The British book business employs 30,000 people. If the country pulls out of the EU, and walls go up, literary culture is likely to become more isolated, a shrinking economy would mean less money spent on books, and writers could lose their generous Euro grants. No wonder it comes up in conversation. There’s much at stake.
I’d agreed to meet Henry Hitchings downstairs outside the building. There he was, right on time. We hiked briskly back to Airbnb HQ talking all the while about theatre (Henry is the critic for the Evening Standard), Samuel Johnson, and, yes, Brexit. Listen here as we nerd out about the smell of books and stories that can be told around buying them (books not smell), and a book Henry edited called Browse: The World in Bookshops.
Next stop was Bloomsbury where many of Britain’s independent publishers have offices, including Faber & Faber the richly storied publisher of T.S. Eliot, W.H. Auden, Ted Hughes, Sylvia Plath and Philip Larkin, among many other greats. Speaking of which, if you’re in the neighbourhood you might want to stop by Gordon Square to check out the homes of Virginia Woolf (50), John Maynard Keynes (46), and Lytton Strachey (51).
I was scheduled to interview Faber CEO, Stephen Page. Getting there required underground transportation. Perfect I thought, I’d stop off at the little shoe repair store I’d seen at the Oval tube station for a shine. The colour of my American-made Allen Edmonds shoes is dubbed “chili.” “No, I’m sorry,” was the firm response from the woman at the counter. “We only do black. Can’t guarantee we’ll match your brown I’m afraid.” End of story. I headed off to the appointment feeling and looking a bit scuffed up.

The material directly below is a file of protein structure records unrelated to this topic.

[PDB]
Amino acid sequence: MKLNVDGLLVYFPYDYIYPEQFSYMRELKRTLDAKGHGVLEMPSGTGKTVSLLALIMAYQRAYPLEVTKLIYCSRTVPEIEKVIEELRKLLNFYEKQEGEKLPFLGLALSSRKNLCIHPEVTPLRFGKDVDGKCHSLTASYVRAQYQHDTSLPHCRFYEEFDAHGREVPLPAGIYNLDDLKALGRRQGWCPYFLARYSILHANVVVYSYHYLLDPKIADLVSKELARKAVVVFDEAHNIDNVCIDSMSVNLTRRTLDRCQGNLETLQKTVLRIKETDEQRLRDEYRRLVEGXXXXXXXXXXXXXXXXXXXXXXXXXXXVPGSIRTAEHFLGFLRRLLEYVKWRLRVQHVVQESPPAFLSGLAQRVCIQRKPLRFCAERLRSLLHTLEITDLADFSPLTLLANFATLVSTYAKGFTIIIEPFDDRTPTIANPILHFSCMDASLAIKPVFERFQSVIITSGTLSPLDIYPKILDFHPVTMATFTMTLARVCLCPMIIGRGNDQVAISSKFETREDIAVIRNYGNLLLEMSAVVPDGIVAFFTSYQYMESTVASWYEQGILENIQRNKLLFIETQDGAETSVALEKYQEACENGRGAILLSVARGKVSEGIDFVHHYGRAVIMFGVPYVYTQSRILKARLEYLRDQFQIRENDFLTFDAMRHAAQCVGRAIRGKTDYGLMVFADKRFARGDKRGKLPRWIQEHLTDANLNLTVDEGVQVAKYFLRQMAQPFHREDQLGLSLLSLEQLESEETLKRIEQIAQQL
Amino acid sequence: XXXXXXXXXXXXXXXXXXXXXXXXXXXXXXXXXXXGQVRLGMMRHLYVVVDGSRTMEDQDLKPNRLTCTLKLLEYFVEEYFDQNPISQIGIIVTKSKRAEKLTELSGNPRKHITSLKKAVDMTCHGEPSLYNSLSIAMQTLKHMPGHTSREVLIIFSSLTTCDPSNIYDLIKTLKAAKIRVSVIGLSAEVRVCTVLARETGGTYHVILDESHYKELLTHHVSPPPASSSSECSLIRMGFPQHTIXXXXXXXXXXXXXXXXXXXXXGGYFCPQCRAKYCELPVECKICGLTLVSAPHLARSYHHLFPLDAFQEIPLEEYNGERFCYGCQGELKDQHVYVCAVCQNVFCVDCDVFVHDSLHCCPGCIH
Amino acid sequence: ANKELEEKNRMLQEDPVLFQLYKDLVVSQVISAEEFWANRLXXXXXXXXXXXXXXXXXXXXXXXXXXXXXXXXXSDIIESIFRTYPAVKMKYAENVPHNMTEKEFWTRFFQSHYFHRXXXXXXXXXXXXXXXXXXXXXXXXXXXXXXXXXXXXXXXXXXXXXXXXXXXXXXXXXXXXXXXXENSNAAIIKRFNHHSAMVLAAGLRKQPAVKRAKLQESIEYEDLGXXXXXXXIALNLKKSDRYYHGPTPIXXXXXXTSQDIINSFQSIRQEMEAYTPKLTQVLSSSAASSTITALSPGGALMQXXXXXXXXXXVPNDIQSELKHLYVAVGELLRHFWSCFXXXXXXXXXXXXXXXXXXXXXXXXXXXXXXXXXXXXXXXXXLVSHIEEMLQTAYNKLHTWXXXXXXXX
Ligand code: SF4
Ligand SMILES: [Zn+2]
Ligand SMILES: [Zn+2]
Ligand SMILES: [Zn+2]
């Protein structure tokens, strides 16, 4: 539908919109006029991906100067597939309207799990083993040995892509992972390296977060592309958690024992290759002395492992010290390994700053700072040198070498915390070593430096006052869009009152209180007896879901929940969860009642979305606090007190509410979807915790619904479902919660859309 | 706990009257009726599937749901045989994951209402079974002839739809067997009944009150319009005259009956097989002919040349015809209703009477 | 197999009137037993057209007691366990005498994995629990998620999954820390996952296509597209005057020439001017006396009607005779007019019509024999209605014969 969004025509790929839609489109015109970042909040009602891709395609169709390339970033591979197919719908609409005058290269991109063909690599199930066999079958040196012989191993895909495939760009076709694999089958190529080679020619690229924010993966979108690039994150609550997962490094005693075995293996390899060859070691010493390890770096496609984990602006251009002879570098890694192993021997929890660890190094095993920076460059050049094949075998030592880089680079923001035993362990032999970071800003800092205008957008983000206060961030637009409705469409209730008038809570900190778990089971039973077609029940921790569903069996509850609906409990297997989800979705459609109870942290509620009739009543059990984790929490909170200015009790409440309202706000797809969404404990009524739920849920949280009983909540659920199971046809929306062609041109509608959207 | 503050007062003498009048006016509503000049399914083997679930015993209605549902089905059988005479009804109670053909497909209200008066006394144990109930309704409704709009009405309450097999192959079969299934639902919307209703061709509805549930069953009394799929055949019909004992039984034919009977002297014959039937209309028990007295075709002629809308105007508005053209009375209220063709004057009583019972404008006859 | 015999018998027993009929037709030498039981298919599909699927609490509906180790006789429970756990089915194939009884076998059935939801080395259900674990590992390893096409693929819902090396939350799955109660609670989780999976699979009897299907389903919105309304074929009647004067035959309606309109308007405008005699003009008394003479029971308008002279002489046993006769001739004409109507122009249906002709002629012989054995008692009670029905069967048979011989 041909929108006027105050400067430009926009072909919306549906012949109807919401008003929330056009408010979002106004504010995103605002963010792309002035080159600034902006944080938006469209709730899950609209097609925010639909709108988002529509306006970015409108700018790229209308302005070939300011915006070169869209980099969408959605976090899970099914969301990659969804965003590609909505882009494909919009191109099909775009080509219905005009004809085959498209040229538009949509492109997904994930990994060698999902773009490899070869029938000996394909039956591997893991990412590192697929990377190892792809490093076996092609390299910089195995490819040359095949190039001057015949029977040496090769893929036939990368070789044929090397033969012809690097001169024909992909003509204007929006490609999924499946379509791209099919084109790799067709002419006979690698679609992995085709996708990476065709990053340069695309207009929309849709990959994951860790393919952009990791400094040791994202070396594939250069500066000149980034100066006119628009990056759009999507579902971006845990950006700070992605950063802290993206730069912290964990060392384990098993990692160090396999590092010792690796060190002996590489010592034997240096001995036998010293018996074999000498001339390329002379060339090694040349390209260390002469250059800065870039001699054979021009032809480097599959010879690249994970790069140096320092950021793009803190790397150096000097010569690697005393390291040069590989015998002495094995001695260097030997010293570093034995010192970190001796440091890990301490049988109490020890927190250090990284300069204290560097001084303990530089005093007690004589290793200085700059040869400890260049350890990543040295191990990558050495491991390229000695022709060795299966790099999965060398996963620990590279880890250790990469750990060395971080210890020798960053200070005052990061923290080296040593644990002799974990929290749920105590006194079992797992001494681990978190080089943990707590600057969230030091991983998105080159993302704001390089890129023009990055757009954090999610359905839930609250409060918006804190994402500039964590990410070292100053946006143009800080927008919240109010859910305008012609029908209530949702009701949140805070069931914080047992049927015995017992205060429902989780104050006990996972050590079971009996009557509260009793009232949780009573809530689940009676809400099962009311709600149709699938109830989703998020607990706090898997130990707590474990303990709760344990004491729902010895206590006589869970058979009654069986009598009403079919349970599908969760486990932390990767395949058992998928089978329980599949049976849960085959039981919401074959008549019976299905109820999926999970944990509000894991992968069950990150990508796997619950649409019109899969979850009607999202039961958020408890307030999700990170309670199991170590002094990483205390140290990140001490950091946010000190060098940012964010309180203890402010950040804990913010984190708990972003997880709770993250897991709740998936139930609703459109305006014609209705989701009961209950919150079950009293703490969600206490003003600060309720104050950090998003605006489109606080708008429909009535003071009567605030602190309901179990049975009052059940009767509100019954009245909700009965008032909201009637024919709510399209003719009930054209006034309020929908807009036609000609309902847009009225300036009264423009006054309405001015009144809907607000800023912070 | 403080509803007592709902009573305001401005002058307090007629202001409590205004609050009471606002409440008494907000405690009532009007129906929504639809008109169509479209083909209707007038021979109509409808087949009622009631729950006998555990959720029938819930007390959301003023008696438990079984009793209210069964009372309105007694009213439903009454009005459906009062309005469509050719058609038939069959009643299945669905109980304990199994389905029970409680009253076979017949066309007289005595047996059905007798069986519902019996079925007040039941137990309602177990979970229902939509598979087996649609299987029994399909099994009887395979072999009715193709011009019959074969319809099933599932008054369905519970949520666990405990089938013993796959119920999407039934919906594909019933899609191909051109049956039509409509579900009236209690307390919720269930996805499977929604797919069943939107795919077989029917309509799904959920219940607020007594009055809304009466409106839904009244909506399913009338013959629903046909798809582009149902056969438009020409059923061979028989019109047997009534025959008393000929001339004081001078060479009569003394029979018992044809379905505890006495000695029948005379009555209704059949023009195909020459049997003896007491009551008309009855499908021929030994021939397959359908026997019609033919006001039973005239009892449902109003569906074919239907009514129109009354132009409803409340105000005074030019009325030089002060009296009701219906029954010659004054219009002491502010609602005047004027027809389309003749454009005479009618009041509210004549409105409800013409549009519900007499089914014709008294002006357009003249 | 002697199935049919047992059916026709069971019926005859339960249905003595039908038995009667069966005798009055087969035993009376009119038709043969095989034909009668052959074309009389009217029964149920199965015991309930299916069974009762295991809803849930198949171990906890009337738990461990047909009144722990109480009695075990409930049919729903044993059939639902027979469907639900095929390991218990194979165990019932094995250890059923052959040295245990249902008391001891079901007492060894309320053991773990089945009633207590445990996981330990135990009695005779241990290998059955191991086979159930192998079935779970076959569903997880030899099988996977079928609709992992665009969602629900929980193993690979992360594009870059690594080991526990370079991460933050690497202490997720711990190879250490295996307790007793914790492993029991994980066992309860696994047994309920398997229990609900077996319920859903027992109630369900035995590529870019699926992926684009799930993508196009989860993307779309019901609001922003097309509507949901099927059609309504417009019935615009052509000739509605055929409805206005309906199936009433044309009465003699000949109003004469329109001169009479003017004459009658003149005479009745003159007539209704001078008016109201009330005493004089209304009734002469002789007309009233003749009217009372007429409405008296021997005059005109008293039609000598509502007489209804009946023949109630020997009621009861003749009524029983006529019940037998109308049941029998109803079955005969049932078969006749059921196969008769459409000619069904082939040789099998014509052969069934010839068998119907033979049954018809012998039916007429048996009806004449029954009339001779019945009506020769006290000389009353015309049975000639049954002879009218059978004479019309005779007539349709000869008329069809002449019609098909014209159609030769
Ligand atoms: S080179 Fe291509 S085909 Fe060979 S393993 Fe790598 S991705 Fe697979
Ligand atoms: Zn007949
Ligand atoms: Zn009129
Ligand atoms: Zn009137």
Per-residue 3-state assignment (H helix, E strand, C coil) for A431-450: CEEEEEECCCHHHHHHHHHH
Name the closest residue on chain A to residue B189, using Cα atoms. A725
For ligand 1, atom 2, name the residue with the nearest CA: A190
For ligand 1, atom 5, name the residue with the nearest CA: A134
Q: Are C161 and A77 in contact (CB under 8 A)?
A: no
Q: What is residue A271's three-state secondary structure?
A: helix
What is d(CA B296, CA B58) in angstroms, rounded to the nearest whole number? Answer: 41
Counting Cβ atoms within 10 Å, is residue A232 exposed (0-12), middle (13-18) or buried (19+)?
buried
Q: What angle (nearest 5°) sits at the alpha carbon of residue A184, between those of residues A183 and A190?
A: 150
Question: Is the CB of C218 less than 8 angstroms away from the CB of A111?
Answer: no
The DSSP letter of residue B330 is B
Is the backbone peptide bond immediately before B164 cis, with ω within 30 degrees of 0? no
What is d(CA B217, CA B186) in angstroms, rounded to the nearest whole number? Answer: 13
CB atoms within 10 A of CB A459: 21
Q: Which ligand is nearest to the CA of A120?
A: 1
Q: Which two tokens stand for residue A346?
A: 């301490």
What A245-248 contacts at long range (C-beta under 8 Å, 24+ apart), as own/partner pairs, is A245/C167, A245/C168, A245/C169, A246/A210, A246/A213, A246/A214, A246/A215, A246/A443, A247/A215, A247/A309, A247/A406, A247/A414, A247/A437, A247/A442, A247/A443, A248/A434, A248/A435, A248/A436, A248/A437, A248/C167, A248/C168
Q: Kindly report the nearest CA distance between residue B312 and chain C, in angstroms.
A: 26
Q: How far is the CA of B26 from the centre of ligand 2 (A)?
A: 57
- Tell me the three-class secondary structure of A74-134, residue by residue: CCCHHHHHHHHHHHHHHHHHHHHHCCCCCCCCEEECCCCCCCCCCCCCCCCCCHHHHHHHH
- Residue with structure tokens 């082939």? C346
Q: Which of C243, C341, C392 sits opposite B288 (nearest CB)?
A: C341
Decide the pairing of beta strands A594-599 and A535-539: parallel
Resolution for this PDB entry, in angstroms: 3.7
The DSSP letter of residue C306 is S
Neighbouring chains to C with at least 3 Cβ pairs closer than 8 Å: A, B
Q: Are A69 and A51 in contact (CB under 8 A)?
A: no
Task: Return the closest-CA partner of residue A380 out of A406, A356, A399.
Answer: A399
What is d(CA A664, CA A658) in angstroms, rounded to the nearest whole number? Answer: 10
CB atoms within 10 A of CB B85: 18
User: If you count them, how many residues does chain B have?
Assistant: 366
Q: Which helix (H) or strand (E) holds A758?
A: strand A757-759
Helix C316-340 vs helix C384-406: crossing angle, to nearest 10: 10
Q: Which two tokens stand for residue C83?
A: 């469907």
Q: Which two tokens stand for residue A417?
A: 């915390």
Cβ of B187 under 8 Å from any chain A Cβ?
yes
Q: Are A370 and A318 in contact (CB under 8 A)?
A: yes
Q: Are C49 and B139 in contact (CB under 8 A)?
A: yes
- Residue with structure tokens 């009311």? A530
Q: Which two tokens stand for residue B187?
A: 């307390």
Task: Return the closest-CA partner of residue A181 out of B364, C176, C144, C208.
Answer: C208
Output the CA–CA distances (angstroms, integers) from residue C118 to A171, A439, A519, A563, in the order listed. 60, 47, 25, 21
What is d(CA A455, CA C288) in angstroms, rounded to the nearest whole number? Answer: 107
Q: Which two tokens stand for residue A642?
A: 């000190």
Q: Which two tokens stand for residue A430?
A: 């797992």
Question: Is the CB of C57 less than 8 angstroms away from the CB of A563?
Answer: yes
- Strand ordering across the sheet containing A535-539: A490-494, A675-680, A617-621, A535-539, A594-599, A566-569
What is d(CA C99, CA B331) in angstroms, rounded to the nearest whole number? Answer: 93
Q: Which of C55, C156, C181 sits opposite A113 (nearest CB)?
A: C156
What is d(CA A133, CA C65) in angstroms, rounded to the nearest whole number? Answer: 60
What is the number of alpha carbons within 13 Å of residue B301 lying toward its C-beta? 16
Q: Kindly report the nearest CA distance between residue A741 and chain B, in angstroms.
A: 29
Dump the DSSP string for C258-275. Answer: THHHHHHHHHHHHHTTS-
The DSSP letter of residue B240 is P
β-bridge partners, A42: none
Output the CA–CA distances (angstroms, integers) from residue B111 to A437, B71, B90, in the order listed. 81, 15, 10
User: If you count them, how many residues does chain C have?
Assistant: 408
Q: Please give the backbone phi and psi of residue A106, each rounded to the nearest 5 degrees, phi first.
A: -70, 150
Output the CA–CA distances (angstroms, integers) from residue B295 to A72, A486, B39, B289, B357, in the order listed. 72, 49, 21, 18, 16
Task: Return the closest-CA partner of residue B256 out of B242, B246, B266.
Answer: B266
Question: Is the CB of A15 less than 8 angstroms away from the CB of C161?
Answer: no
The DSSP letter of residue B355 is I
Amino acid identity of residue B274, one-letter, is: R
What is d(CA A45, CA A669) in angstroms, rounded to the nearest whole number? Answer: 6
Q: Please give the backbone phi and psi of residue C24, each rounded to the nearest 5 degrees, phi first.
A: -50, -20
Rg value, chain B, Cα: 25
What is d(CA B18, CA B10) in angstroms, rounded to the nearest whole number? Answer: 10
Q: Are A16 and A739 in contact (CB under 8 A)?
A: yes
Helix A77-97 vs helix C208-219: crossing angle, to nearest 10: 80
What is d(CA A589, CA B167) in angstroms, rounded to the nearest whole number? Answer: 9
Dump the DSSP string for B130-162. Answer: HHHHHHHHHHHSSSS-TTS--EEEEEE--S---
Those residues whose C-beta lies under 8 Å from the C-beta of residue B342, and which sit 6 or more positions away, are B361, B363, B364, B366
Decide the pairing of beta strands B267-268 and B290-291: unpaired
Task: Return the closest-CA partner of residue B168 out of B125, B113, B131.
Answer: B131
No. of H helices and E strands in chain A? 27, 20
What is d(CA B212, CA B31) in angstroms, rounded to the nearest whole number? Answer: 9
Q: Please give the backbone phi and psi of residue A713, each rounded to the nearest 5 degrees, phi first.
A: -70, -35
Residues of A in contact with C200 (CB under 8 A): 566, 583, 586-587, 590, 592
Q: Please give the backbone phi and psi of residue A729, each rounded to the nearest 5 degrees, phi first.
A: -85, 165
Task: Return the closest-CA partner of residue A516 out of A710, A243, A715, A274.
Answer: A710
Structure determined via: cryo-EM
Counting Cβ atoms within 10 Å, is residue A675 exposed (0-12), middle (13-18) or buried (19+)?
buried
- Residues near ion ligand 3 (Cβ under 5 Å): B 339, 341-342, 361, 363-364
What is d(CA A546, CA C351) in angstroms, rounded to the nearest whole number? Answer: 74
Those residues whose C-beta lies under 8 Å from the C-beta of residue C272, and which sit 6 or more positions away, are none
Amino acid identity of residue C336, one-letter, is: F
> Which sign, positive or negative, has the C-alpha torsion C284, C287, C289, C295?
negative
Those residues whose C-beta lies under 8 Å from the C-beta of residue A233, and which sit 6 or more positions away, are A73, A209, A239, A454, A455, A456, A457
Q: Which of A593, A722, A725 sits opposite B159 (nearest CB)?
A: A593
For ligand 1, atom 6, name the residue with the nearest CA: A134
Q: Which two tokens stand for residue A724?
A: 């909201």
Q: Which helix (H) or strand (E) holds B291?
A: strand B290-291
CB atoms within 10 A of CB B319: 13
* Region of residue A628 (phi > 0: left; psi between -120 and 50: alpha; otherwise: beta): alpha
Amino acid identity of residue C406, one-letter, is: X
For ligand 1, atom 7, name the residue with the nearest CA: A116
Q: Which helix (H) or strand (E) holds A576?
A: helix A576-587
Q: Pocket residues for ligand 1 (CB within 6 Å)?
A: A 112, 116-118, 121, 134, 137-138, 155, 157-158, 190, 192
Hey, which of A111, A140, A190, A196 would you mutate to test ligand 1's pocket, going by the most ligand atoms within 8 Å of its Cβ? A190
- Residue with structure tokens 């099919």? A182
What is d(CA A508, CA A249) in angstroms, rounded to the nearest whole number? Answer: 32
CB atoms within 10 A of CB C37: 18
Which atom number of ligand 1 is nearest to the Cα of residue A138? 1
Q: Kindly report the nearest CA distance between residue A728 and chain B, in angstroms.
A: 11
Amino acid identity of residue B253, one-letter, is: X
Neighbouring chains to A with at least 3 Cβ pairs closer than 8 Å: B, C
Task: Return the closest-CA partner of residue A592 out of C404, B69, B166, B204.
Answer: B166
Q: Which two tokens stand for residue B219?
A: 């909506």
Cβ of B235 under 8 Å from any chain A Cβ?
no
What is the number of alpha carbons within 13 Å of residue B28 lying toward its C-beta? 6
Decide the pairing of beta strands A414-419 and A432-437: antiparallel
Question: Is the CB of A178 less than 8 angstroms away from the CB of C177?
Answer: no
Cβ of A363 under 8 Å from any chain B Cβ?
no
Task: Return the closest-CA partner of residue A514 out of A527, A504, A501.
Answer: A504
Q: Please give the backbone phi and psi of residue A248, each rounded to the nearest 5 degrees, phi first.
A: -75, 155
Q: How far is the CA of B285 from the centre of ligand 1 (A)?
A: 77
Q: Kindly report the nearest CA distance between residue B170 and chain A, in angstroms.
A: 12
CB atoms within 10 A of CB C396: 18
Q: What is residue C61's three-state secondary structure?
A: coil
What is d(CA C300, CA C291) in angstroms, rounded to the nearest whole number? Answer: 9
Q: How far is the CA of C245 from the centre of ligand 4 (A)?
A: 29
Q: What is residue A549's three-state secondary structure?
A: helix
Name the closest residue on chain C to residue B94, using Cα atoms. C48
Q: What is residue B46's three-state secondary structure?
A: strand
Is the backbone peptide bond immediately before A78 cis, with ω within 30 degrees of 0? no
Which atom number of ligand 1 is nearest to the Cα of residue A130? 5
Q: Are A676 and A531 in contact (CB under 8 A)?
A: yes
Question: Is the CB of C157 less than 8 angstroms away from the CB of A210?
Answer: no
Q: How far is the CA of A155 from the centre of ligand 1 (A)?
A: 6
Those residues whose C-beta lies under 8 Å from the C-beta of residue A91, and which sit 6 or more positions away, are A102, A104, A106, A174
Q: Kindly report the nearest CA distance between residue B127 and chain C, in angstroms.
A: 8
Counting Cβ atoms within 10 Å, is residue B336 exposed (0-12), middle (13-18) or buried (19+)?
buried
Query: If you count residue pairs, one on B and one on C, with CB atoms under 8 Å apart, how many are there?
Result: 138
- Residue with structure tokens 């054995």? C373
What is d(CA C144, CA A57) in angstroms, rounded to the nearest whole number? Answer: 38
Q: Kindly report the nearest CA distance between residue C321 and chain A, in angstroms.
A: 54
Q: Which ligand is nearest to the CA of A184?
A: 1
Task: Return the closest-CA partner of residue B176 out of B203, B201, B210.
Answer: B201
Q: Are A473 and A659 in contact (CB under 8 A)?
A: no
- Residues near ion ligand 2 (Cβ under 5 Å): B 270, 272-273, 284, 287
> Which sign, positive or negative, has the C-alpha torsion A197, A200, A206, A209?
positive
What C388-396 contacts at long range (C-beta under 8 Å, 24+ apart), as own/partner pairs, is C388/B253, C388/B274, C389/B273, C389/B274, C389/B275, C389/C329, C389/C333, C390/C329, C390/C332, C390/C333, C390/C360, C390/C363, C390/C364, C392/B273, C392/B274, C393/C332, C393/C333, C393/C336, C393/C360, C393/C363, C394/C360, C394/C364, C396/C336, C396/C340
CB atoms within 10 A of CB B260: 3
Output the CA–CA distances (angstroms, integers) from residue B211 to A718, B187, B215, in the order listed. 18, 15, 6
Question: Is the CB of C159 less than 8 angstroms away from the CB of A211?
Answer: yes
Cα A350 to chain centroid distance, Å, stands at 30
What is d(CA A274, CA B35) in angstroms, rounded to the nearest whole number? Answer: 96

A tad peckish after getting off the tube at Russell Square Station, I decided to stop in here
for a fast bowl of hot white bean soup.
For the interview I’d brought along a copy of Geoffrey Faber‘s book A Publisher Speaking.
As it turned out there was a framed copy of this book’s dust-jacket on the wall of Stephen’s office, right beside a picture of Geoffrey himself. This, my boy, was a good sign.